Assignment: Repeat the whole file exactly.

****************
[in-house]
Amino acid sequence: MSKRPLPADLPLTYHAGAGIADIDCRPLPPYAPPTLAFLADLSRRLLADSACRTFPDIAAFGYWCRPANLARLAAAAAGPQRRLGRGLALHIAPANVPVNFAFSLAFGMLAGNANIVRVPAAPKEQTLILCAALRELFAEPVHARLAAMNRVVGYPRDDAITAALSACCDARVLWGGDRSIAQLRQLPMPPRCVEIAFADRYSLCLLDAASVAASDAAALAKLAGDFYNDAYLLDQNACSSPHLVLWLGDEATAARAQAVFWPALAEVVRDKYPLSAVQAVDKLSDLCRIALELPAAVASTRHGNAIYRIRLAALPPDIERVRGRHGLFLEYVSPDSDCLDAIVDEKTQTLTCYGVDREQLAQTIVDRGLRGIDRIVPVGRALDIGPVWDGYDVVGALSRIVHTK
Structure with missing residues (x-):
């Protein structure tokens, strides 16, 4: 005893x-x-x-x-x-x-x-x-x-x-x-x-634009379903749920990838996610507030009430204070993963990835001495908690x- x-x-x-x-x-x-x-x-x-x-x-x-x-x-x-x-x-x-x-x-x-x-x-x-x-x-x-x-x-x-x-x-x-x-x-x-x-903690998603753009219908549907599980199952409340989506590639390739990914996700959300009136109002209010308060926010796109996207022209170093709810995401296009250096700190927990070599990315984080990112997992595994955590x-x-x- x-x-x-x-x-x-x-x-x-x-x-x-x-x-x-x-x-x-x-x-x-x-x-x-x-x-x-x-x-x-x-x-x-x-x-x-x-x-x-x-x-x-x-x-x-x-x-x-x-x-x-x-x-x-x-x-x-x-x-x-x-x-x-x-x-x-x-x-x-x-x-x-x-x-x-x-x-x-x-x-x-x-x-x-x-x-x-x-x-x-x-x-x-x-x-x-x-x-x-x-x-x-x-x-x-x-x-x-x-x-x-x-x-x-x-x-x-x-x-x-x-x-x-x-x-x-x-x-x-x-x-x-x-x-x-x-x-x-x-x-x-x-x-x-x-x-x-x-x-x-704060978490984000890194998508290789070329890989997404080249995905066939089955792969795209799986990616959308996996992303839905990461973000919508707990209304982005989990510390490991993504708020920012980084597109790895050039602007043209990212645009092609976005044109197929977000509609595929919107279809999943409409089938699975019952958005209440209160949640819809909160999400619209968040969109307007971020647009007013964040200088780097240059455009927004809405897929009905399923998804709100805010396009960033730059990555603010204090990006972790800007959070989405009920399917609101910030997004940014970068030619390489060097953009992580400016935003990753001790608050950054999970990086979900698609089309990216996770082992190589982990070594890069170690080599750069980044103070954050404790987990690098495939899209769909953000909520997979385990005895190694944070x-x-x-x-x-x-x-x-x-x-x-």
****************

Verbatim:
[in-house]
Amino acid sequence: MSKRPLPADLPLTYHAGAGIADIDCRPLPPYAPPTLAFLADLSRRLLADSACRTFPDIAAFGYWCRPANLARLAAAAAGPQRRLGRGLALHIAPANVPVNFAFSLAFGMLAGNANIVRVPAAPKEQTLILCAALRELFAEPVHARLAAMNRVVGYPRDDAITAALSACCDARVLWGGDRSIAQLRQLPMPPRCVEIAFADRYSLCLLDAASVAASDAAALAKLAGDFYNDAYLLDQNACSSPHLVLWLGDEATAARAQAVFWPALAEVVRDKYPLSAVQAVDKLSDLCRIALELPAAVASTRHGNAIYRIRLAALPPDIERVRGRHGLFLEYVSPDSDCLDAIVDEKTQTLTCYGVDREQLAQTIVDRGLRGIDRIVPVGRALDIGPVWDGYDVVGALSRIVHTK
Structure with missing residues (x-):
């Protein structure tokens, strides 16, 4: 005893x-x-x-x-x-x-x-x-x-x-x-x-634009379903749920990838996610507030009430204070993963990835001495908690x- x-x-x-x-x-x-x-x-x-x-x-x-x-x-x-x-x-x-x-x-x-x-x-x-x-x-x-x-x-x-x-x-x-x-x-x-x-903690998603753009219908549907599980199952409340989506590639390739990914996700959300009136109002209010308060926010796109996207022209170093709810995401296009250096700190927990070599990315984080990112997992595994955590x-x-x- x-x-x-x-x-x-x-x-x-x-x-x-x-x-x-x-x-x-x-x-x-x-x-x-x-x-x-x-x-x-x-x-x-x-x-x-x-x-x-x-x-x-x-x-x-x-x-x-x-x-x-x-x-x-x-x-x-x-x-x-x-x-x-x-x-x-x-x-x-x-x-x-x-x-x-x-x-x-x-x-x-x-x-x-x-x-x-x-x-x-x-x-x-x-x-x-x-x-x-x-x-x-x-x-x-x-x-x-x-x-x-x-x-x-x-x-x-x-x-x-x-x-x-x-x-x-x-x-x-x-x-x-x-x-x-x-x-x-x-x-x-x-x-x-x-x-x-x-x-x-704060978490984000890194998508290789070329890989997404080249995905066939089955792969795209799986990616959308996996992303839905990461973000919508707990209304982005989990510390490991993504708020920012980084597109790895050039602007043209990212645009092609976005044109197929977000509609595929919107279809999943409409089938699975019952958005209440209160949640819809909160999400619209968040969109307007971020647009007013964040200088780097240059455009927004809405897929009905399923998804709100805010396009960033730059990555603010204090990006972790800007959070989405009920399917609101910030997004940014970068030619390489060097953009992580400016935003990753001790608050950054999970990086979900698609089309990216996770082992190589982990070594890069170690080599750069980044103070954050404790987990690098495939899209769909953000909520997979385990005895190694944070x-x-x-x-x-x-x-x-x-x-x-």